While students work on the Estimating Radicals Warm-Up, which requires them to estimate radicals by identifying the two integers between which they fall, I quickly scan students’ pre-assessments. The pre-assessments for this unit give me an idea of the extent to which I will need to review the skills used to simplify radicals and radical expressions; it may also uncover some misconceptions that I will need to address during the unit.
Today I use a powerpoint to launch a discussion around the Pythagorean Theorem. Most of my students have seen this important theorem before, perhaps several times. Today, as a whole class, we prove the Theorem. In this class, students have just finished a unit on measurement and dimensionality. Building on what they learned, we will decompose a given diagram and determine each area in terms of the parameters a, b, and c, using the resulting expressions to prove the Pythagorean Theorem (MP3, MP4).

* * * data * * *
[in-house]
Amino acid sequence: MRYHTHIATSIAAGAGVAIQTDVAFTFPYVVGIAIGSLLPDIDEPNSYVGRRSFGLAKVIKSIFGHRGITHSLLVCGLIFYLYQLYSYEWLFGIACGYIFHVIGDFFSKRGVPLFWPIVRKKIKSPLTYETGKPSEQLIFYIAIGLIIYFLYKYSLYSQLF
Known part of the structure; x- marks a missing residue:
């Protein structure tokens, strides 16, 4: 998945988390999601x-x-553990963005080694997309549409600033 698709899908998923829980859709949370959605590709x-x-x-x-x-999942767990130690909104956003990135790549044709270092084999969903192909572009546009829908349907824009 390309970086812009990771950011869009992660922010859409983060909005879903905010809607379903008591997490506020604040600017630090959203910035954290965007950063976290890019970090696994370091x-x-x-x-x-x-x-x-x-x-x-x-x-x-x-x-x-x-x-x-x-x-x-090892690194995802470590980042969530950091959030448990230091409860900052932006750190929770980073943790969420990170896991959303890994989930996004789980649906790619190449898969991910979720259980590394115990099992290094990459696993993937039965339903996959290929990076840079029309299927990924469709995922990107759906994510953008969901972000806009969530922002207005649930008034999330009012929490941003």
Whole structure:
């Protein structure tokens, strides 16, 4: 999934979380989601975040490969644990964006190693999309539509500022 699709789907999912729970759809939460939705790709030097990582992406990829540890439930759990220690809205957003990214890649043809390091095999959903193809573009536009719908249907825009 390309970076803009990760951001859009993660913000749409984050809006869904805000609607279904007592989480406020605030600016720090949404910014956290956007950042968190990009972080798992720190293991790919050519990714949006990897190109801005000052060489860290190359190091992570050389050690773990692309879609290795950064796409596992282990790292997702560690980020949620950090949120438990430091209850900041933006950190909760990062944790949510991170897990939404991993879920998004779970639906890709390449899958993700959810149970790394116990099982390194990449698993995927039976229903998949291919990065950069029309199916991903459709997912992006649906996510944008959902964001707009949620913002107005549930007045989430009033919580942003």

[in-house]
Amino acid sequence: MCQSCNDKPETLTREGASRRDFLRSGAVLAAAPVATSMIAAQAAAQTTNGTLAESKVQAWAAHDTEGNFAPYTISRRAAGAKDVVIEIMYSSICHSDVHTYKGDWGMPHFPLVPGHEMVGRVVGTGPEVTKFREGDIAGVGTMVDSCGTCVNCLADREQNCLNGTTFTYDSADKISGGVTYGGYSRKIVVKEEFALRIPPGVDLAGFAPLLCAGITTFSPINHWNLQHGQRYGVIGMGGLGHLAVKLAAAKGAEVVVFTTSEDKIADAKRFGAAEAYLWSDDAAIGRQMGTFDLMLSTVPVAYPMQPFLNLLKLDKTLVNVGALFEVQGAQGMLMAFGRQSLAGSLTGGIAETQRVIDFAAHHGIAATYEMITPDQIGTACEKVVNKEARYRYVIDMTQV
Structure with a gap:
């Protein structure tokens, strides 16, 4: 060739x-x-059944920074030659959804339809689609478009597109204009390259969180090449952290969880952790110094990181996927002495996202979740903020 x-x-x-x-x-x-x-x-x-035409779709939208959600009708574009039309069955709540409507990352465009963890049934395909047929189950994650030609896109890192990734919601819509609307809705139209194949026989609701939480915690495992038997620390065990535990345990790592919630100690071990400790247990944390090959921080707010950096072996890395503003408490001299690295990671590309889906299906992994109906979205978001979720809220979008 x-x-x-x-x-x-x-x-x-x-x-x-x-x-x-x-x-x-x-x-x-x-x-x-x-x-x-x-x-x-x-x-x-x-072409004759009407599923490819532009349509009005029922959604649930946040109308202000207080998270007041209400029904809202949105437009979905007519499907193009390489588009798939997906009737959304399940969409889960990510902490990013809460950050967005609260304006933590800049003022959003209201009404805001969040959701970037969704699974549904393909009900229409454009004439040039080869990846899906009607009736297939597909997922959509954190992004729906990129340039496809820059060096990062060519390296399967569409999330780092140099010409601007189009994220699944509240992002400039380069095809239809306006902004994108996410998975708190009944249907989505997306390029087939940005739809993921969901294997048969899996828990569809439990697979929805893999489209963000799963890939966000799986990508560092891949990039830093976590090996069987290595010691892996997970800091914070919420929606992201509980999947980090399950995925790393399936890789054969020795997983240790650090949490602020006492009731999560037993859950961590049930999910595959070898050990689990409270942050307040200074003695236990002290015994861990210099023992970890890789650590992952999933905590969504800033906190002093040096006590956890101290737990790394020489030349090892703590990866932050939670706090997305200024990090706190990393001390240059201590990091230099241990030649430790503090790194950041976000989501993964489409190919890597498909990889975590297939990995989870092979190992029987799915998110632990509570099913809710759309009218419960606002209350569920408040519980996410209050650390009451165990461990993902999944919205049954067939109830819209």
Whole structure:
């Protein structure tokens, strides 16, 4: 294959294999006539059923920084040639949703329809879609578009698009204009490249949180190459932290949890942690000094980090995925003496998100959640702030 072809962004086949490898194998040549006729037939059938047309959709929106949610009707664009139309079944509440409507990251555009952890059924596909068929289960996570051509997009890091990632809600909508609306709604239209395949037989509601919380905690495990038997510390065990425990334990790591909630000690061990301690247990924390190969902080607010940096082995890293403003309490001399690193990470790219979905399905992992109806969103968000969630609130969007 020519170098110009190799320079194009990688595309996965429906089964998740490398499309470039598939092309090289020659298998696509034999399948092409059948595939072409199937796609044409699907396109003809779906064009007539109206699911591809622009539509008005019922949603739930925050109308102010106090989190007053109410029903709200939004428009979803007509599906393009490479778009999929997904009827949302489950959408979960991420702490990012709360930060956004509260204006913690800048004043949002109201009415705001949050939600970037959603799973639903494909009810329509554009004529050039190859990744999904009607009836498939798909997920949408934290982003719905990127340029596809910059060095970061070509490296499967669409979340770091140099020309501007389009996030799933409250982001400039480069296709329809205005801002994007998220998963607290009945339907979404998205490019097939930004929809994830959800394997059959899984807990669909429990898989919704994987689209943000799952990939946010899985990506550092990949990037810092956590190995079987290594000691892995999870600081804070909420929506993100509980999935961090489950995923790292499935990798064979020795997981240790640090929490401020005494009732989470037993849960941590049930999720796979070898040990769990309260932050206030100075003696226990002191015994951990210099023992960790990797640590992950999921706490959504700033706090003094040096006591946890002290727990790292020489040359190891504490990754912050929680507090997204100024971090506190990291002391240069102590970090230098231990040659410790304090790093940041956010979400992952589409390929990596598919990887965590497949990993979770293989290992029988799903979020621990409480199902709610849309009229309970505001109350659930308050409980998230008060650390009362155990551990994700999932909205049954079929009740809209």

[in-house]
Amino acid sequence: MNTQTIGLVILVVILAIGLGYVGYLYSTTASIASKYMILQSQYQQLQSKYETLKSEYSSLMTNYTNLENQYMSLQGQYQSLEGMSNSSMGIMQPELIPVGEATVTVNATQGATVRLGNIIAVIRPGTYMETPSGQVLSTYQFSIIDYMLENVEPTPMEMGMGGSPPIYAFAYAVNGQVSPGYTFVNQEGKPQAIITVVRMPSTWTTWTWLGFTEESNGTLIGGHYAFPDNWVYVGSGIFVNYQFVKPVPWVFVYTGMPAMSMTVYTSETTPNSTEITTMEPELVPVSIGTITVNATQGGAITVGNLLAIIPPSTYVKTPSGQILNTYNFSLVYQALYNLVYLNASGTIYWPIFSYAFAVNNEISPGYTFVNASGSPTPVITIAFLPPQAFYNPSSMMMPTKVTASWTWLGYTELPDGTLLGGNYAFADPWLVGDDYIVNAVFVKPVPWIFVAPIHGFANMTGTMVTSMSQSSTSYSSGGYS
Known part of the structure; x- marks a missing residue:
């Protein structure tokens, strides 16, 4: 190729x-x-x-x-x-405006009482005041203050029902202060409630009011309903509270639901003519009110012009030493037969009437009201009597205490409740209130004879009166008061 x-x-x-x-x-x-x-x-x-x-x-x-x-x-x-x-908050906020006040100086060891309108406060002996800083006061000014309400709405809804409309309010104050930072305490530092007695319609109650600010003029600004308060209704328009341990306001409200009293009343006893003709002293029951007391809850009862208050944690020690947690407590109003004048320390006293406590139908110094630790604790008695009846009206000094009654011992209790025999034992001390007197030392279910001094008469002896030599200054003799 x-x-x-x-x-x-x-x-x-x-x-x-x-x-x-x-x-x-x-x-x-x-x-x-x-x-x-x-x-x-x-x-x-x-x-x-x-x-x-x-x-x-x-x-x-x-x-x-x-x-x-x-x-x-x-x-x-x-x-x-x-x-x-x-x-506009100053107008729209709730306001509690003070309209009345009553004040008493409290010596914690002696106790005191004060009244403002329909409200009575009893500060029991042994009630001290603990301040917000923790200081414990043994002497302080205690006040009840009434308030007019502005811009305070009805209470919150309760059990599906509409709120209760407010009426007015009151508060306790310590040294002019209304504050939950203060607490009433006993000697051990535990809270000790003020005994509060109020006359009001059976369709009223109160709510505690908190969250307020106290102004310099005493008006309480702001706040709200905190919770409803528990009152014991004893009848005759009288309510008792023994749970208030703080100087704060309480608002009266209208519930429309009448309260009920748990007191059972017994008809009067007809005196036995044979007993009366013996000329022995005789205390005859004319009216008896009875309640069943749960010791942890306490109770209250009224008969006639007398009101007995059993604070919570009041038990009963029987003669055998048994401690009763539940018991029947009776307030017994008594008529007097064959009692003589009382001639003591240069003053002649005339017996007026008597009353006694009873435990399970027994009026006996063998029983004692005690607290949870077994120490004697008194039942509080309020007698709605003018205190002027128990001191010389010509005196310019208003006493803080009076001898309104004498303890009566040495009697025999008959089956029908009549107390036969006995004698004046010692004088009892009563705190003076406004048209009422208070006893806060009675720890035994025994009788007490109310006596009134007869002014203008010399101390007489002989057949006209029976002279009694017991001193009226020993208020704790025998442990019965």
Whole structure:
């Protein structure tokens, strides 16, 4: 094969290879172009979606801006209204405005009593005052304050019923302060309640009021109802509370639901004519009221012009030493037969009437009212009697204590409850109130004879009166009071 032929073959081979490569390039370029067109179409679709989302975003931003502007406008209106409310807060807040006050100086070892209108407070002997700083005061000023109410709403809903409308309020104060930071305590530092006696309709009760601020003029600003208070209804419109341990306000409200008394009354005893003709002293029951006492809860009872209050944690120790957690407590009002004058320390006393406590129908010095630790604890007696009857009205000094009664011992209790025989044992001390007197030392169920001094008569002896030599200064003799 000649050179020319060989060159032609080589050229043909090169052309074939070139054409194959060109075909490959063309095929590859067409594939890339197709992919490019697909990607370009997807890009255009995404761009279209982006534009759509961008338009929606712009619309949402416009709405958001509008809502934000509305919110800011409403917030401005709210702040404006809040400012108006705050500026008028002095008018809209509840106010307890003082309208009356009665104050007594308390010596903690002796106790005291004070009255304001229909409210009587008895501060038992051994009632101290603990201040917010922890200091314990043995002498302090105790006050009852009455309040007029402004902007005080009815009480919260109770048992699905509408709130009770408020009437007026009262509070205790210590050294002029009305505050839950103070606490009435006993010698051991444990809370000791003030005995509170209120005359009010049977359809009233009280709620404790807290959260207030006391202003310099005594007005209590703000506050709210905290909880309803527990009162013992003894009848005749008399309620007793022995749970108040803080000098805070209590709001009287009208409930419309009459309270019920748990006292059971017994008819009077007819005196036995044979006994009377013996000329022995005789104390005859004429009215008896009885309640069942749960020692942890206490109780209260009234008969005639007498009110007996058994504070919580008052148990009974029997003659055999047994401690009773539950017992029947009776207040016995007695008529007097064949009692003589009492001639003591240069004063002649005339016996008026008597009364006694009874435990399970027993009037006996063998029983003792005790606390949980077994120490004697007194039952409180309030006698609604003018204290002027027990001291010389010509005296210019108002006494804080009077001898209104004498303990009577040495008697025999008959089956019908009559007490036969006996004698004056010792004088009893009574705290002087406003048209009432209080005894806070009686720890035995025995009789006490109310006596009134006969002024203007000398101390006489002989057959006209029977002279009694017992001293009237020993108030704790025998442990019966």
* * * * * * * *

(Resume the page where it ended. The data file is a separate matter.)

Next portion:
Like most lessons, I debrief the big ideas of the lesson by having students take notes in their notetakers. I circulate the room as students take notes, checking to see if students want (or need) more examples to try. In general, this part of the lesson goes smoothly, but I am prepared to provide more practice if it is necessary.